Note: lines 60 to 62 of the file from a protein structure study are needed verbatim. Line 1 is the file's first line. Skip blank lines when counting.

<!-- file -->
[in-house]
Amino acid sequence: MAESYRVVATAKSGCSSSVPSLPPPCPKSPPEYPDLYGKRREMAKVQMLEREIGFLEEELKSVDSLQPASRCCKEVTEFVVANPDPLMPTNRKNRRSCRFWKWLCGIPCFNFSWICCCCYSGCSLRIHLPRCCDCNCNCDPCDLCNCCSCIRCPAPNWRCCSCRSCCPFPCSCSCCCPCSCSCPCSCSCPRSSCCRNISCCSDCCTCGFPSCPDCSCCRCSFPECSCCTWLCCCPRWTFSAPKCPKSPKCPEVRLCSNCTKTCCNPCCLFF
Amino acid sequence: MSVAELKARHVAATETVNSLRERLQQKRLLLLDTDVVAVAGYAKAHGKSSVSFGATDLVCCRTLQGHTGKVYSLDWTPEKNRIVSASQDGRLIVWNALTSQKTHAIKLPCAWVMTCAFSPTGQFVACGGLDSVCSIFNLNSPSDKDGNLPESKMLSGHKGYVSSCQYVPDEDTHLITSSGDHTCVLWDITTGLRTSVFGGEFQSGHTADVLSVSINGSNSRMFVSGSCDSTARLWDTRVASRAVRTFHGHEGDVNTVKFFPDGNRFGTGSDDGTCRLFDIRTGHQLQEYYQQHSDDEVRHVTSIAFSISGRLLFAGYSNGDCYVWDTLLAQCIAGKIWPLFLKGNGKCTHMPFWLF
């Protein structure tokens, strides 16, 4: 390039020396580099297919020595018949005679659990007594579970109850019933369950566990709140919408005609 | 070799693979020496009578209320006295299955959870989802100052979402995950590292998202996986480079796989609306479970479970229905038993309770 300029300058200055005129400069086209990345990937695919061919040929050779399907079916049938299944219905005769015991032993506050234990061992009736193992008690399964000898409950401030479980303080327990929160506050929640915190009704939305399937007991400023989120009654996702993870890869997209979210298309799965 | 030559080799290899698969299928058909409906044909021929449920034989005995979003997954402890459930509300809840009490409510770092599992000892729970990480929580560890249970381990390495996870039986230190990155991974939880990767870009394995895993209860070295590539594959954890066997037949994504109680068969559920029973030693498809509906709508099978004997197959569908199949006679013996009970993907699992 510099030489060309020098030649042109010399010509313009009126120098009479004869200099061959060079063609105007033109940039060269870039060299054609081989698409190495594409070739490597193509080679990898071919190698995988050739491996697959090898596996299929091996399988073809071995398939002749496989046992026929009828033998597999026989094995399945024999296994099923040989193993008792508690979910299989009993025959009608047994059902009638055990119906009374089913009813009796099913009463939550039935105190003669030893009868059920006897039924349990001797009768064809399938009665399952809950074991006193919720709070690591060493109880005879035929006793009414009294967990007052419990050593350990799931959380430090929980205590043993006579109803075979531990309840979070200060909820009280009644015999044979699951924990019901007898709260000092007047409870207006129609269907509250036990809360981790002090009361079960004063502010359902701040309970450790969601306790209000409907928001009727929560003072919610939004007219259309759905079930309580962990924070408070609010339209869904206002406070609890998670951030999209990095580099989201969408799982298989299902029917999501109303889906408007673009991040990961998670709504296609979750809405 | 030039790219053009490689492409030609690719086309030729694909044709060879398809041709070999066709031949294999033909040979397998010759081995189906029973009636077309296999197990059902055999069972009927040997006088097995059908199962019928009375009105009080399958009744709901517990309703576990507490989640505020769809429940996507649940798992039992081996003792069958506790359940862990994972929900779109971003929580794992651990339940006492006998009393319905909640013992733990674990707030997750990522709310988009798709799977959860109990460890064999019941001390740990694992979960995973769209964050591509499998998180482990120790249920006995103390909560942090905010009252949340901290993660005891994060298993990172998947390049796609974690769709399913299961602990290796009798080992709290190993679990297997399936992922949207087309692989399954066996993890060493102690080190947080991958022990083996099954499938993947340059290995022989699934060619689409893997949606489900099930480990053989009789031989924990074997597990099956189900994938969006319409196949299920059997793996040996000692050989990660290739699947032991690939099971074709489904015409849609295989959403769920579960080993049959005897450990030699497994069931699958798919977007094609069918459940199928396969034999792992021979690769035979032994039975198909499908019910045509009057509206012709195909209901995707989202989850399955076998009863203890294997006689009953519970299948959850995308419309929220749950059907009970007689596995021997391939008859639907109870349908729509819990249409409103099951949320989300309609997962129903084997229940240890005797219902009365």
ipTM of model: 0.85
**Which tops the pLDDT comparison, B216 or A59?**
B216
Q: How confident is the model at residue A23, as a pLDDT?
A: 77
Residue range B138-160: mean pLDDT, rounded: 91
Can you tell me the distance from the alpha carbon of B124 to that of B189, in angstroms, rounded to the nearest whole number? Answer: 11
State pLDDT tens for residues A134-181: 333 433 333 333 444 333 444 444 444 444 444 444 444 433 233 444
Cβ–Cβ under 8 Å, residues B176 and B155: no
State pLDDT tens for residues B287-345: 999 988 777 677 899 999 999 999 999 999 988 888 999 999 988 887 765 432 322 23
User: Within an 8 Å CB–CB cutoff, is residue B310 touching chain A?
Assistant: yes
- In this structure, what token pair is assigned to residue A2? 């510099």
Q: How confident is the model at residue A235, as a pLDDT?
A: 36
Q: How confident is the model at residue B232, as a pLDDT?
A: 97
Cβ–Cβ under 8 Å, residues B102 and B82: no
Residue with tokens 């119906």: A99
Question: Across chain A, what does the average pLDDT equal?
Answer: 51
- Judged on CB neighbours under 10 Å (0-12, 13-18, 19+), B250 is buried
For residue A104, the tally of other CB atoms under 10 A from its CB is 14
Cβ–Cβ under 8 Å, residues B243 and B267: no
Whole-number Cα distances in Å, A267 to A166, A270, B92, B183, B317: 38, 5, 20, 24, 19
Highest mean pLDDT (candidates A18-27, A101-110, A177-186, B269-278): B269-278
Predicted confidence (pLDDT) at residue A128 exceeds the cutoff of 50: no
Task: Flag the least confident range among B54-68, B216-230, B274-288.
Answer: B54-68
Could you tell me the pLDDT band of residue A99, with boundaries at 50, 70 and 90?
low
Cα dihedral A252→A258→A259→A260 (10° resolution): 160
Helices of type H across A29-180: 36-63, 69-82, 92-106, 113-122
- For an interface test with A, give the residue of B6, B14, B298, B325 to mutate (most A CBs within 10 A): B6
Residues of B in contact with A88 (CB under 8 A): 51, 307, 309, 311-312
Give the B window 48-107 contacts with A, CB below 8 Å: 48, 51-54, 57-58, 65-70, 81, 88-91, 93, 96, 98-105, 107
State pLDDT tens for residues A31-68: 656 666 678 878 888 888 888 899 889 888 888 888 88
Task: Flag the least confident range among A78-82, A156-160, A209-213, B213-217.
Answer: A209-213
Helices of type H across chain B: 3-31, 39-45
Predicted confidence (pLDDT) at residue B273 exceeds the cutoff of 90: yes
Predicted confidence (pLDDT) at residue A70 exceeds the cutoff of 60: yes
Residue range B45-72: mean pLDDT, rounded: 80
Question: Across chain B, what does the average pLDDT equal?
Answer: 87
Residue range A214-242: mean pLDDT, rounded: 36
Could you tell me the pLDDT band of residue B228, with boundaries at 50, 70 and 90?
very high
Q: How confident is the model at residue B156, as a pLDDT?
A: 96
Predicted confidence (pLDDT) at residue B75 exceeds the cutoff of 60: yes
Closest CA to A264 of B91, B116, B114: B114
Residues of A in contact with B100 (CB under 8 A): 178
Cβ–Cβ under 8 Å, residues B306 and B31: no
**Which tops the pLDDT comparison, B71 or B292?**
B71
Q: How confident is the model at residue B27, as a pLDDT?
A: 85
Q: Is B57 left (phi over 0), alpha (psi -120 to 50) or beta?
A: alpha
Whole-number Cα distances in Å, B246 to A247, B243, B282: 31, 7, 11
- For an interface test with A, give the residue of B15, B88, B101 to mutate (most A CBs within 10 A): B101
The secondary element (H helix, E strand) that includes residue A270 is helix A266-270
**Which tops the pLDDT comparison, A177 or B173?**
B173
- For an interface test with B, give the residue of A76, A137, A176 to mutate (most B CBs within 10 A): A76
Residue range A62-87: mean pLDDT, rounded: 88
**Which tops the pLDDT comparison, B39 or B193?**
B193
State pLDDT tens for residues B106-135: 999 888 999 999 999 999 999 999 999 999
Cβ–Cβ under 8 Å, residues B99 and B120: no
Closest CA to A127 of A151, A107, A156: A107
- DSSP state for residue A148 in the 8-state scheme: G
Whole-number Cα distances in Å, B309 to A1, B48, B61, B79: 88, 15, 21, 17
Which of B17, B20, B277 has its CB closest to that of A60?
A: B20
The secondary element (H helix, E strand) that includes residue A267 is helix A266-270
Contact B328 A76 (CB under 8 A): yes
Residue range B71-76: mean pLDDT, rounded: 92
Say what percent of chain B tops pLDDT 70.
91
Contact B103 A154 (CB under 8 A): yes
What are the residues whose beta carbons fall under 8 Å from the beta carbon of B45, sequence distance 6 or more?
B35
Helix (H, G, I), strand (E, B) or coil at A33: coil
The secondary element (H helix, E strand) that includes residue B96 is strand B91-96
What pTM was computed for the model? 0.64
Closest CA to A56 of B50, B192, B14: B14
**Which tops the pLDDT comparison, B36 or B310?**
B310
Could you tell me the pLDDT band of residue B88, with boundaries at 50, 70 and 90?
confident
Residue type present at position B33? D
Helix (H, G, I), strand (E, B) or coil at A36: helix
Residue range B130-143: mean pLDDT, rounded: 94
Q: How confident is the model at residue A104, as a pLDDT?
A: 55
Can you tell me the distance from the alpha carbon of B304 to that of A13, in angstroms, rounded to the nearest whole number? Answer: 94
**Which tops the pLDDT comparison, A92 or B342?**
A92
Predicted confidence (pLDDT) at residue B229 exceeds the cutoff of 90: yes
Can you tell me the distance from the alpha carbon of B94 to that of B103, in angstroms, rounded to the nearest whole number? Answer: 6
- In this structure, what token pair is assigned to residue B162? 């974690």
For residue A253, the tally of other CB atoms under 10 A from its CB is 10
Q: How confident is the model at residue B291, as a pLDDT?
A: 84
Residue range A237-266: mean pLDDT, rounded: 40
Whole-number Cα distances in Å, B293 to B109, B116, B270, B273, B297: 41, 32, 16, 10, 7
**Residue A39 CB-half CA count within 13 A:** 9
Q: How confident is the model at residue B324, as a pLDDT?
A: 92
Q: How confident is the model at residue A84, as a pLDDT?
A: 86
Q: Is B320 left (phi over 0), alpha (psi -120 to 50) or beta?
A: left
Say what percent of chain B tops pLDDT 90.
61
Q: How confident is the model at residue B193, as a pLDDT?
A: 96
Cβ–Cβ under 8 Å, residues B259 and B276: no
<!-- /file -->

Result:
B71
Q: How confident is the model at residue B27, as a pLDDT?
A: 85